GWC Summer Speaker Series ft. Secretary Hillary Rodham Clinton: “Don’t give up, and don’t give in.”
Our Summer Speaker Series brings leaders and activists together with our CEO and Founder Reshma Saujani to have conversations about bravery, activism, and tech, broadcast exclusively to our girls.
We’re so grateful to Secretary Hillary Rodham Clinton for joining this Summer Speaker Series. We’re especially grateful to her for reminding us of a quote by Eleanor Roosevelt, “No one can make you feel inferior without your consent.” We hope all of you take that to heart.
Check out more of what we learned from her conversation with Reshma.
ON BEING THE FIRST
Here we are, it’s 2020 and there are still a lot of internal biases and obstacles holding women back, making us feel that we can’t always go as far as our hard work and talent will take us. It’s not easy. Like Secretary Clinton said, “we’ve knocked down a lot of the laws that have stood in the way of girls and women, but what remains are cultural bias or social norms that whisper, ‘you don’t belong.’”
Reshma asked how the Secretary, with such an amazing legacy of “firsts” built up the kind of resilience that you need to be the first, to break down these barriers. Secretary Clinton said, “You have to believe in yourself — not in an arrogant way, but in a matter of fact way. And that takes a certain internal resolve.” Some people, under so many circumstances, face unimaginable barriers. Just don’t give up, she said, don’t give in. You are better than sometimes ever you yourself think you are.
TAKE CRITICISM SERIOUSLY, BUT NOT PERSONALLY
Perfection will haunt us and hold us back. Reshma and Hillary both agree on this point. And they agreed that it especially holds women back. Women are less likely to apply for jobs they’re not qualified for, more likely to drop out of a class if they don’t get a perfect A, more likely to feel burdened by the pressure to be perfect.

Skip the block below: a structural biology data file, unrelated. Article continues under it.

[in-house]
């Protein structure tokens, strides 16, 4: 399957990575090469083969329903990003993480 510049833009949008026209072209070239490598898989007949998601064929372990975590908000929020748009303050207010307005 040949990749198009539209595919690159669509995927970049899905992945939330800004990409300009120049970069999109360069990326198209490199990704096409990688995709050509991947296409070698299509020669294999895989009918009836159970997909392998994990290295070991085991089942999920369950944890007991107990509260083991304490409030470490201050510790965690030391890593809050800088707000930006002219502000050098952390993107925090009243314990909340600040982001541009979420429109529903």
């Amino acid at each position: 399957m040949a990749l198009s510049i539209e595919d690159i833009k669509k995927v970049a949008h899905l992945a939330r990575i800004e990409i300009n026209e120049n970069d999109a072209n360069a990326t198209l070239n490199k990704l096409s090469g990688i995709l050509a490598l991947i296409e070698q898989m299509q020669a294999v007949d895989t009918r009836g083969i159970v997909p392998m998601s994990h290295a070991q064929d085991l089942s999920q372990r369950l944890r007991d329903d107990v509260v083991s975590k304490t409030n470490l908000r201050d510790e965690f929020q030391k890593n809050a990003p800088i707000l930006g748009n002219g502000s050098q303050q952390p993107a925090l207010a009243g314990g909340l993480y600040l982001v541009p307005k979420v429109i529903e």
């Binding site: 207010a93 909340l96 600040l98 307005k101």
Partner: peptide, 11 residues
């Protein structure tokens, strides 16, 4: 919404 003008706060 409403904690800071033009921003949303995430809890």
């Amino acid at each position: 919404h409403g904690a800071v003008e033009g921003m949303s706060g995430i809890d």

Secretary Clinton said something that really resonated with us, and that’s that we should “take criticism seriously, but not personally.” We should welcome it and learn from it, but be wary of it knocking us down and keeping us down.
WOMEN ARE NATURAL BORN LEADERS
One of our students watching, Victoria, asked: “How can a young female of color overcome systemic injustices and prejudice when pursuing a career where females are marginalized?” First off, we’re so glad you asked this question, Victoria. Thank you for your bravery.
Secretary Clinton responded and said, “First of all, pursue the career. Just because others haven’t doesn’t mean you shouldn’t. You can be both a trailblazer and a successful professional. But you have to go in with your eyes open!” She said, when she ran for President, she knew she was a first — so she made a point of over-preparing, coming up with techniques to keep her going, surrounding herself with people who she could count on. And we want you to know that, when you need people to lean on, you’ve got your Girls Who Code community right by your side.
And our last question for the Secretary? “What app would you create and what problem would it solve?” She would create an app called THE GOLDEN RULE APP to encourage people to treat others the way you want to be treated. Where do we sign up?
Huge thanks to Secretary Clinton, and of course, to Reshma for having this conversation!
The Girls Who Code Summer Speaker Series is a set of conversations between Girls Who Code Founder and CEO Reshma Saujani and leaders and activists broadcasted exclusively to girls enrolled in our Virtual Summer Immersion Program. Girls have the opportunity to listen in to a fireside chat and then to ask their own questions about bravery, leadership, and tech. To find out more, read our press release here.